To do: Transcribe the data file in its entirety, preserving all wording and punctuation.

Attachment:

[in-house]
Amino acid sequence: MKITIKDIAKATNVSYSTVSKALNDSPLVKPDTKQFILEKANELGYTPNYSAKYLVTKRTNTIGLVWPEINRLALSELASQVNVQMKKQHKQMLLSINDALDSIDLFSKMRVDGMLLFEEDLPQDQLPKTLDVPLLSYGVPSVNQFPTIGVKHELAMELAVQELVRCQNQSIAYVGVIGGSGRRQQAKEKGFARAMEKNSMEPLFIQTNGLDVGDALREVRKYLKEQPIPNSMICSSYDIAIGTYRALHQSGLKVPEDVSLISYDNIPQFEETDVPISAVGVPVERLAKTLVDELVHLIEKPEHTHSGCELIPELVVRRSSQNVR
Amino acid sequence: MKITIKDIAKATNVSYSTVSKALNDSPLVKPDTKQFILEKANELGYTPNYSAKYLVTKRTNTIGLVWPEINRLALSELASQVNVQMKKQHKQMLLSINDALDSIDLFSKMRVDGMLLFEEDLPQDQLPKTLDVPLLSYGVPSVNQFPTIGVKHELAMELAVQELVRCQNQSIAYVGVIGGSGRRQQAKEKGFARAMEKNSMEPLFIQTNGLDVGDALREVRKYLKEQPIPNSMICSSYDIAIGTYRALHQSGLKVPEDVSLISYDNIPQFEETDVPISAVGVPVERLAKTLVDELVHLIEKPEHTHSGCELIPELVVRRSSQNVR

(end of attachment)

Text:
[in-house]
Amino acid sequence: MKITIKDIAKATNVSYSTVSKALNDSPLVKPDTKQFILEKANELGYTPNYSAKYLVTKRTNTIGLVWPEINRLALSELASQVNVQMKKQHKQMLLSINDALDSIDLFSKMRVDGMLLFEEDLPQDQLPKTLDVPLLSYGVPSVNQFPTIGVKHELAMELAVQELVRCQNQSIAYVGVIGGSGRRQQAKEKGFARAMEKNSMEPLFIQTNGLDVGDALREVRKYLKEQPIPNSMICSSYDIAIGTYRALHQSGLKVPEDVSLISYDNIPQFEETDVPISAVGVPVERLAKTLVDELVHLIEKPEHTHSGCELIPELVVRRSSQNVR
Amino acid sequence: MKITIKDIAKATNVSYSTVSKALNDSPLVKPDTKQFILEKANELGYTPNYSAKYLVTKRTNTIGLVWPEINRLALSELASQVNVQMKKQHKQMLLSINDALDSIDLFSKMRVDGMLLFEEDLPQDQLPKTLDVPLLSYGVPSVNQFPTIGVKHELAMELAVQELVRCQNQSIAYVGVIGGSGRRQQAKEKGFARAMEKNSMEPLFIQTNGLDVGDALREVRKYLKEQPIPNSMICSSYDIAIGTYRALHQSGLKVPEDVSLISYDNIPQFEETDVPISAVGVPVERLAKTLVDELVHLIEKPEHTHSGCELIPELVVRRSSQNVR